5.3 Turbulence and momentum flux modification in the presence of sea spray

Tuesday, 10 July 2012: 2:00 PM
Essex North (Westin Copley Place)
David H. Richter, NCAR, Boulder, CO; and P. P. Sullivan

It has been suggested that the presence of sea spray in the marine atmospheric boundary layer may be in part responsible for the perceived reduction in drag at high winds. To study this effect, and more generally to determine the degree to which sea spray can modify the turbulence within the near-surface boundary layer, direct numerical simulations (DNS) were conducted in which a dispersed phase of individual Lagrangian particles were dynamically coupled to the surrounding fluid phase.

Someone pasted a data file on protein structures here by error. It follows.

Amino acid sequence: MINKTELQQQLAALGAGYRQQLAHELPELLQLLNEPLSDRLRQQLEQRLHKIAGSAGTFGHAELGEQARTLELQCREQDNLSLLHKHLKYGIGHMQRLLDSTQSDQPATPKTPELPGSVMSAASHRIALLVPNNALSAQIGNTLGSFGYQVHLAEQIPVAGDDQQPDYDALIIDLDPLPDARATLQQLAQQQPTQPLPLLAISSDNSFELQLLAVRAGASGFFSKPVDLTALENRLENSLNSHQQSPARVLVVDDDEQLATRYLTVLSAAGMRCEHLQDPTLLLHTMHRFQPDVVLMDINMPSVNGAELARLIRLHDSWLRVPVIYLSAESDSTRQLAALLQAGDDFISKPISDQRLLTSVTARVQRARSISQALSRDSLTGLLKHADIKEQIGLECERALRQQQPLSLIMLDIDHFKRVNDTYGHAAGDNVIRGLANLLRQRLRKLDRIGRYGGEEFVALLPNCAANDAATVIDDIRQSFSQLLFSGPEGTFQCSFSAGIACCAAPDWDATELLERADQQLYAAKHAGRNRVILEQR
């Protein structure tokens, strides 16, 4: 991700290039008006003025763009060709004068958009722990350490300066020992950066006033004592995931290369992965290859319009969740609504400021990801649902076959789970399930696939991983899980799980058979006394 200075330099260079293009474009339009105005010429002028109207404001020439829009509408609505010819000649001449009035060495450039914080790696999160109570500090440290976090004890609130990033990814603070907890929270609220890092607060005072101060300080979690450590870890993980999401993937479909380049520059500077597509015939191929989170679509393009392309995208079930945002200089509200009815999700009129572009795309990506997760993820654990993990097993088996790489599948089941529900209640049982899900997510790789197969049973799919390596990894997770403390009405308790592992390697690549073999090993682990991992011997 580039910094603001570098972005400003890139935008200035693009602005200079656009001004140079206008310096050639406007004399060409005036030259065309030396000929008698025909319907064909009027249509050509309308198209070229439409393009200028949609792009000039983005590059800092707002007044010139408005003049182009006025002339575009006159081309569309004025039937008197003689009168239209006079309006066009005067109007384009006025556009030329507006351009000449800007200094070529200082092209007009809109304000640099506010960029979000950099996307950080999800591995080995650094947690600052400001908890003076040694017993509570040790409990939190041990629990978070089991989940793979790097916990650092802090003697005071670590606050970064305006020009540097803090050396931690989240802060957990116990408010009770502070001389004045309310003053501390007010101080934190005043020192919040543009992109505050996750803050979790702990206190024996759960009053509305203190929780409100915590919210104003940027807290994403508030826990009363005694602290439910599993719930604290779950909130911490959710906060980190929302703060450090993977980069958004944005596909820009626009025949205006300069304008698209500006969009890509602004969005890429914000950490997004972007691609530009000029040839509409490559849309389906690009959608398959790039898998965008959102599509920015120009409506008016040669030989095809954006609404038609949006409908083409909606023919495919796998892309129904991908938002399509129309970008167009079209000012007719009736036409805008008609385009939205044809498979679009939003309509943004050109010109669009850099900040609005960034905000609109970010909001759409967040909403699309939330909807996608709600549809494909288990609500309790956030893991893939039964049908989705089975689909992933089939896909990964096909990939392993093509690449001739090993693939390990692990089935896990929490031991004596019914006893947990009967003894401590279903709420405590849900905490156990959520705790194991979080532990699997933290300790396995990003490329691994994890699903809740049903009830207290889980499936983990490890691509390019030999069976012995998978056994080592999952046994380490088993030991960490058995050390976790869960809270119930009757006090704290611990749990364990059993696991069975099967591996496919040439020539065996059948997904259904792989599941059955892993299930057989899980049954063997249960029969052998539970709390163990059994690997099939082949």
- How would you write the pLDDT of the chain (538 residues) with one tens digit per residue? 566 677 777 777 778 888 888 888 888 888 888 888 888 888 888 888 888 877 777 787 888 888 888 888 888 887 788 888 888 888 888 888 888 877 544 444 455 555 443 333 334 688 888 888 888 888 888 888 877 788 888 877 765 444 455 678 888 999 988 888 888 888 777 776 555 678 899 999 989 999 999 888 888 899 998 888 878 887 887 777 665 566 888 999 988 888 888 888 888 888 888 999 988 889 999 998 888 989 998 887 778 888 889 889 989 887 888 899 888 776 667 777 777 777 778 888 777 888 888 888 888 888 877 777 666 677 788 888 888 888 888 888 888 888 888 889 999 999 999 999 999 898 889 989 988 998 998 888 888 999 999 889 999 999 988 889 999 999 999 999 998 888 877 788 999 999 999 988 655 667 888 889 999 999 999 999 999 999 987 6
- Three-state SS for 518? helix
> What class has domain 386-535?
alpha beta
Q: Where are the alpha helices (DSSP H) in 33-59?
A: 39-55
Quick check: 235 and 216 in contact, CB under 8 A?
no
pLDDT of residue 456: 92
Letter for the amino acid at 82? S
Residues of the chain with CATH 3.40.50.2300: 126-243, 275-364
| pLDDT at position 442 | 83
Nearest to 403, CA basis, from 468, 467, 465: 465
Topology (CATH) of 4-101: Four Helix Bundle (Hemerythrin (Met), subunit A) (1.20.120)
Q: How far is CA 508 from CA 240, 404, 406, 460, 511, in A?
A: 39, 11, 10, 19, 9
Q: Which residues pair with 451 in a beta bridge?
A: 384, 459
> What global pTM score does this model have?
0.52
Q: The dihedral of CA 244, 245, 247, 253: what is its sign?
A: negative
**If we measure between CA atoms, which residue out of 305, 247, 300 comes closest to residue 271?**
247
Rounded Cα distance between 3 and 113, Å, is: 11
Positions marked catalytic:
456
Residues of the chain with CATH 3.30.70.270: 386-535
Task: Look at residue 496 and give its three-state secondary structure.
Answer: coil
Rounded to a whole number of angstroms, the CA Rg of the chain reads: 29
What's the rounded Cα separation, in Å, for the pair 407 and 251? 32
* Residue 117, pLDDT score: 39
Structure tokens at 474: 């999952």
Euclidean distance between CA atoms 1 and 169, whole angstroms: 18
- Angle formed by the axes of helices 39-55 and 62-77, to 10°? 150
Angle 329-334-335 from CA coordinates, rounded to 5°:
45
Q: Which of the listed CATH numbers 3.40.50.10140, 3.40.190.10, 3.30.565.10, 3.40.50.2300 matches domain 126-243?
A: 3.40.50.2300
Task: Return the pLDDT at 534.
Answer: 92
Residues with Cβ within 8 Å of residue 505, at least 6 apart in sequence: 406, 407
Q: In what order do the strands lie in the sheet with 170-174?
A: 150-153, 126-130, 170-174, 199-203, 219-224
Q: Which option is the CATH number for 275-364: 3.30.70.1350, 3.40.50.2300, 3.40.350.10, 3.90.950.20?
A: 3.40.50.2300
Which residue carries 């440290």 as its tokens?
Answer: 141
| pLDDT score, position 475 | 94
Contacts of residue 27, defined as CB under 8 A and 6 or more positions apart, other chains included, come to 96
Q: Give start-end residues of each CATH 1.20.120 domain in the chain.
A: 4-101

It is found, in general, that turbulence is attenuated in the presence of particles, and this effect is a strong function of particle mass concentration as well as the particle Stokes number (the ratio of particle time scale to characteristic flow time scale). The computed force exerted by the particles onto the surrounding flow field, when interpreted as a momentum flux, shows that sea spray may carry a significant portion of the total momentum flux reaching the ocean surface. For turbulent Couette flow, specifically, this is manifested as a shift of stress carried by the turbulent flux to that carried by the particles, thus appearing as a reduction in total momentum transport to the surface when considering only the turbulent contribution. If a drag coefficient is then determined from this turbulent momentum transport, it would therefore appear to decrease with increasing spray loading. In our presentation, the practical implications of this effect, as well as the mechanisms which lead to it, will be illustrated and discussed.

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